Unlike gender identity, your gender expression is outwardly visible to those around you. It is your external representation of your gender.

Gender expression can include your behaviors and outward appearances, such as how you choose to dress, how you wear your hair or makeup, your body language, and your mannerisms. It also includes your pronouns and your chosen name. Together, these characteristics are what those around you use to distinguish your gender.

Although gender identity often influences gender expression, this is not always the case. Like gender identity, gender expression exists on a spectrum. A person may choose to express themselves as masculine, feminine, androgynous, non-binary, or a combination that they feel fits.

Although society tends to link sex assigned at birth with gender expectations, it is important to recognize that those social constructs do not define someone’s gender identity or gender expression. A male-bodied person may express their gender with more feminine or androgynous clothing. If a male-bodied person falls outside of the typical gender expectations, it does not necessarily mean that they identify as a woman.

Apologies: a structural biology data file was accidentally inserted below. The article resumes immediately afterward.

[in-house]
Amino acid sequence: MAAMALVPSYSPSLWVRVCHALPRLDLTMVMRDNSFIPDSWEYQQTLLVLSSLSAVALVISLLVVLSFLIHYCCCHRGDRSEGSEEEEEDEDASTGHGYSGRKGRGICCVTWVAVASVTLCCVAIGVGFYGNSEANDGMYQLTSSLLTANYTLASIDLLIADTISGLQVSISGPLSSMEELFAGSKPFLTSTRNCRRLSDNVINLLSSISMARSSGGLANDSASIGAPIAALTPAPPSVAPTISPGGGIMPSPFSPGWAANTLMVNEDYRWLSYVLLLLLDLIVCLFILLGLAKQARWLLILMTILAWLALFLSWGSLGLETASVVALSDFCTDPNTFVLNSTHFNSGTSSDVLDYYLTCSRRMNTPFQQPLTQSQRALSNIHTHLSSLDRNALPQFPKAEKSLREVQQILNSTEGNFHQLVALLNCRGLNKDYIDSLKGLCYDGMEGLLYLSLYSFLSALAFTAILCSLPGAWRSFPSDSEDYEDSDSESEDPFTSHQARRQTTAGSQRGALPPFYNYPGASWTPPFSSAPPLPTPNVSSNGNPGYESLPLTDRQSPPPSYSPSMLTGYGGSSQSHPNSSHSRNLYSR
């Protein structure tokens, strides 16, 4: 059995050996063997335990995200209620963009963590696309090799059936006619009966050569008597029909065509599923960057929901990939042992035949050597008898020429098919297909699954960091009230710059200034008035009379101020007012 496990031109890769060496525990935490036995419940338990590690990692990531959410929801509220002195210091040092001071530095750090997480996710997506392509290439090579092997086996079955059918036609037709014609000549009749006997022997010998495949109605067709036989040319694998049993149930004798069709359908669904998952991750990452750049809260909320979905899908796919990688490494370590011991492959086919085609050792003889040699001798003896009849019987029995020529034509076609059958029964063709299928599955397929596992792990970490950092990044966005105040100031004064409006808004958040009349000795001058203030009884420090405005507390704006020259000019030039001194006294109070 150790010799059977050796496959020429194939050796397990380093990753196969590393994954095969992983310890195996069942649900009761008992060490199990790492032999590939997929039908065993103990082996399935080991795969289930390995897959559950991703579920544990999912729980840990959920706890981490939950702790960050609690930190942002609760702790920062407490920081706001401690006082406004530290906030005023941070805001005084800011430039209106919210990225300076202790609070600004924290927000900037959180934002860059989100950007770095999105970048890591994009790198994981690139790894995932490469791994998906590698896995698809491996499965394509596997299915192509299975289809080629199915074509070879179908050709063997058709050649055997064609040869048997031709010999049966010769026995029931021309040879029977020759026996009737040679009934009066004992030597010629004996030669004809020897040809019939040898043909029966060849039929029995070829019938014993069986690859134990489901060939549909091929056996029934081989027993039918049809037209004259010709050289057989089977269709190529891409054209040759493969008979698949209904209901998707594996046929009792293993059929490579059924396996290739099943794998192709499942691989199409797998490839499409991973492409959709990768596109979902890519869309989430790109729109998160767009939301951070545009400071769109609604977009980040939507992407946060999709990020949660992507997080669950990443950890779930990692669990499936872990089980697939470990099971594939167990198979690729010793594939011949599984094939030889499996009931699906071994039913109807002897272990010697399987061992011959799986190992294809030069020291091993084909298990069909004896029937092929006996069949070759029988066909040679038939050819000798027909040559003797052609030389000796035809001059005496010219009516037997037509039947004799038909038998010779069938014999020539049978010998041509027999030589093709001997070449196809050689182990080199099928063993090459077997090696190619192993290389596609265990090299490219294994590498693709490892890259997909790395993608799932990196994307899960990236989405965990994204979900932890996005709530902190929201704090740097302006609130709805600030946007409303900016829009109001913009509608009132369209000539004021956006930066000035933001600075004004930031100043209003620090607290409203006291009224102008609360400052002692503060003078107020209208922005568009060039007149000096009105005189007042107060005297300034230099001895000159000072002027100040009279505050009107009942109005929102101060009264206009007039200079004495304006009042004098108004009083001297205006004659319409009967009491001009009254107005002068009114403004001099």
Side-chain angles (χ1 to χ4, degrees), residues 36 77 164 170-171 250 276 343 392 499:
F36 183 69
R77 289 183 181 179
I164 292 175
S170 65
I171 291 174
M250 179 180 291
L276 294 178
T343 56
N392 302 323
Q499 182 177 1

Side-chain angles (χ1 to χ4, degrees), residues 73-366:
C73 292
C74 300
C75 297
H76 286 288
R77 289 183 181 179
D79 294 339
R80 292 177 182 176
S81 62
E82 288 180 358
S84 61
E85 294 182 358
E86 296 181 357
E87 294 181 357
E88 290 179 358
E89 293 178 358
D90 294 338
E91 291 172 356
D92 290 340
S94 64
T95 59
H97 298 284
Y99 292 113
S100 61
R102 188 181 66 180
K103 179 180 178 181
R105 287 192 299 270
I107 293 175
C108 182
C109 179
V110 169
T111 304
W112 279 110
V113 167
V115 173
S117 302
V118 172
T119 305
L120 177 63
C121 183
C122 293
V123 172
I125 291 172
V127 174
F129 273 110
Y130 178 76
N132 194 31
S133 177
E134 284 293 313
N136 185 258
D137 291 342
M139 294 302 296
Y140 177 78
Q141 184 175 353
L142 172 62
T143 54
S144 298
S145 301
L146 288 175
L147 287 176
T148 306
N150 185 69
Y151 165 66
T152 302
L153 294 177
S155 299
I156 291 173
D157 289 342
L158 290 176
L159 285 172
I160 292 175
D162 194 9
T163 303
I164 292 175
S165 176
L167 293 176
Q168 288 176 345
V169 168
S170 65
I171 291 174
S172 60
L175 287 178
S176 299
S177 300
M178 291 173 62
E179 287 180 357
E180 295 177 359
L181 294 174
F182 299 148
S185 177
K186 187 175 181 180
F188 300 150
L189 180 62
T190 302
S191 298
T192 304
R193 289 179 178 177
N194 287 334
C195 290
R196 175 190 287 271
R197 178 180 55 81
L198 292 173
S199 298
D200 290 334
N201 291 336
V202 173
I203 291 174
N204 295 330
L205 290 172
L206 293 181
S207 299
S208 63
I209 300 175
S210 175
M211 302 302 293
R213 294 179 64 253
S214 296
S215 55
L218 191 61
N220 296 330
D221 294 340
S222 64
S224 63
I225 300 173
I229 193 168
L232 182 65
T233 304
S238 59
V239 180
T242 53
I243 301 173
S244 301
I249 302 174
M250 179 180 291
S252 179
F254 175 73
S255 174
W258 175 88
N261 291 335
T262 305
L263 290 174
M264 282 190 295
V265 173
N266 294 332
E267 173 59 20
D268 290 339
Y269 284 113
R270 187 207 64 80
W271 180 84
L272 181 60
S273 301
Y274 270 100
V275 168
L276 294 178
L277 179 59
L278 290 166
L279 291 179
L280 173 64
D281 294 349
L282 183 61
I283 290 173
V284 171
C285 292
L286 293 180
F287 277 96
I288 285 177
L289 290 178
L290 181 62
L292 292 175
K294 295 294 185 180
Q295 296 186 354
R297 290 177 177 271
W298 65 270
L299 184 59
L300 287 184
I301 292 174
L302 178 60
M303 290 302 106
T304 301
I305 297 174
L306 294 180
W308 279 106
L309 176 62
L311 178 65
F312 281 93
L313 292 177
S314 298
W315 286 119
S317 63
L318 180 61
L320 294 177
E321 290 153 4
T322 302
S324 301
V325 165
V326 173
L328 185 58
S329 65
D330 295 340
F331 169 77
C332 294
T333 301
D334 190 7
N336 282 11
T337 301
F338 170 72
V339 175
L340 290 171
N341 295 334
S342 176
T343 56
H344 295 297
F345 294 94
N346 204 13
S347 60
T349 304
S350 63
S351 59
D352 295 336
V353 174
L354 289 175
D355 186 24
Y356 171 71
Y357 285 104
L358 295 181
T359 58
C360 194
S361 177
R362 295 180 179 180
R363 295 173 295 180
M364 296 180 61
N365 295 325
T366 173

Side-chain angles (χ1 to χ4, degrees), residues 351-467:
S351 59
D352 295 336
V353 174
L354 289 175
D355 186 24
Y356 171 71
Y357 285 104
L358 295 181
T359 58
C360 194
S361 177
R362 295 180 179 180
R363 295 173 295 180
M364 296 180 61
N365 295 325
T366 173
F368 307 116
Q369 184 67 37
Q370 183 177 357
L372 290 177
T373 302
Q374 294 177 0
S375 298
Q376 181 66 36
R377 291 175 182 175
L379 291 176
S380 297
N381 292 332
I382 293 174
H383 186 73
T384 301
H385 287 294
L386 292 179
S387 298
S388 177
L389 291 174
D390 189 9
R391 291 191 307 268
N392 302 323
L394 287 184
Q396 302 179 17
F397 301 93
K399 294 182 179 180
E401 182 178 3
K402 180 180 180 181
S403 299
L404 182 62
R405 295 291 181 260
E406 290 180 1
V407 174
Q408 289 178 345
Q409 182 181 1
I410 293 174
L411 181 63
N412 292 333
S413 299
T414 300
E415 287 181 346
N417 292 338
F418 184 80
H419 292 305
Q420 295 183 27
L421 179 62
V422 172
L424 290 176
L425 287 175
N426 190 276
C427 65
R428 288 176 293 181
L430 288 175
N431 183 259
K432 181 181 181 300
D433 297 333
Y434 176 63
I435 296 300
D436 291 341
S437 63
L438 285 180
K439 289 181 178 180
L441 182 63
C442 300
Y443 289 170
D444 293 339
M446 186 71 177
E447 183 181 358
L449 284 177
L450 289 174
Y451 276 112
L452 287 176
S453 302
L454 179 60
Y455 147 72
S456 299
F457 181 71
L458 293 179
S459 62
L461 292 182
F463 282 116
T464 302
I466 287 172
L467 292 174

There is a spectrum of that identities one can hold, and it is wrong to assume a person’s gender identity based on their expression alone. A person may also choose to express themself in a way that conforms to their assigned sex, even if it is not consistent with their gender identity. For example, an assigned male may identify as a woman but express as a man for fear of how friends, family, or society will act toward them. 

Gender expression can be influenced by many variables related to assigned sex, gender identity, and sexual orientation. The societal influence of gender expression can also play a role.

Summary

Although “sex” and “gender” are terms commonly confused for one another, they are different. Doctors assign sex at birth based on your biology and anatomy, while gender is your deep understanding of whether you are a man, a woman, both, or neither. Gender can be further separated into gender identity and gender expression. 

The discussion of sex and gender is not always a simple one, as both exist on spectrums. However, it is important to respect each person’s differences when it comes to their sex and gender.

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Medical Reviewer: Emelia Arquilla, DO
Last Review Date: 2022 Feb 28